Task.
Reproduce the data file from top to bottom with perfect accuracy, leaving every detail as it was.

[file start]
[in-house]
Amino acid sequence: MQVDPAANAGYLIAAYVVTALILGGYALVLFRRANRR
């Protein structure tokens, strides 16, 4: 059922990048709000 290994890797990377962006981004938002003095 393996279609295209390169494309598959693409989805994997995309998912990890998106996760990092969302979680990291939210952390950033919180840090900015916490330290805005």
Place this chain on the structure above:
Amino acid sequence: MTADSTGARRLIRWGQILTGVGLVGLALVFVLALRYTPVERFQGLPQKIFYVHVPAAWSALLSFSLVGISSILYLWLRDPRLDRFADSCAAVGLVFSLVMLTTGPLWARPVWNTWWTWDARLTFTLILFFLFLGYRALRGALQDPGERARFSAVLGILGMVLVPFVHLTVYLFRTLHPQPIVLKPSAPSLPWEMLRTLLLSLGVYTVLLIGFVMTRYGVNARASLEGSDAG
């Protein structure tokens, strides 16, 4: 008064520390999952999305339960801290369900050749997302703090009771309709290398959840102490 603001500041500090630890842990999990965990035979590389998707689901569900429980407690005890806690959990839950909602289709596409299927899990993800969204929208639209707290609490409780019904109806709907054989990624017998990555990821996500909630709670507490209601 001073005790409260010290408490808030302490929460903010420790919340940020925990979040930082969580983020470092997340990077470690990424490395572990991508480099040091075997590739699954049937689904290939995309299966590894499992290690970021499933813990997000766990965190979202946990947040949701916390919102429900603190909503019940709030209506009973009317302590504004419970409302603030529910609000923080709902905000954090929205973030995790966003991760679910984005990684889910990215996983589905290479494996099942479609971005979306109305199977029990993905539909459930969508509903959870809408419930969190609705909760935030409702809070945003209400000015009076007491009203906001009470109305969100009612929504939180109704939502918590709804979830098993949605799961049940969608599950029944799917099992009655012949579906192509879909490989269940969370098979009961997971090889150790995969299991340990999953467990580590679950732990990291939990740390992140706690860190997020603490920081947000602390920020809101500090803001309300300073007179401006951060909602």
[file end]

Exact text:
[in-house]
Amino acid sequence: MQVDPAANAGYLIAAYVVTALILGGYALVLFRRANRR
């Protein structure tokens, strides 16, 4: 059922990048709000 290994890797990377962006981004938002003095 393996279609295209390169494309598959693409989805994997995309998912990890998106996760990092969302979680990291939210952390950033919180840090900015916490330290805005």
Place this chain on the structure above:
Amino acid sequence: MTADSTGARRLIRWGQILTGVGLVGLALVFVLALRYTPVERFQGLPQKIFYVHVPAAWSALLSFSLVGISSILYLWLRDPRLDRFADSCAAVGLVFSLVMLTTGPLWARPVWNTWWTWDARLTFTLILFFLFLGYRALRGALQDPGERARFSAVLGILGMVLVPFVHLTVYLFRTLHPQPIVLKPSAPSLPWEMLRTLLLSLGVYTVLLIGFVMTRYGVNARASLEGSDAG
């Protein structure tokens, strides 16, 4: 008064520390999952999305339960801290369900050749997302703090009771309709290398959840102490 603001500041500090630890842990999990965990035979590389998707689901569900429980407690005890806690959990839950909602289709596409299927899990993800969204929208639209707290609490409780019904109806709907054989990624017998990555990821996500909630709670507490209601 001073005790409260010290408490808030302490929460903010420790919340940020925990979040930082969580983020470092997340990077470690990424490395572990991508480099040091075997590739699954049937689904290939995309299966590894499992290690970021499933813990997000766990965190979202946990947040949701916390919102429900603190909503019940709030209506009973009317302590504004419970409302603030529910609000923080709902905000954090929205973030995790966003991760679910984005990684889910990215996983589905290479494996099942479609971005979306109305199977029990993905539909459930969508509903959870809408419930969190609705909760935030409702809070945003209400000015009076007491009203906001009470109305969100009612929504939180109704939502918590709804979830098993949605799961049940969608599950029944799917099992009655012949579906192509879909490989269940969370098979009961997971090889150790995969299991340990999953467990580590679950732990990291939990740390992140706690860190997020603490920081947000602390920020809101500090803001309300300073007179401006951060909602």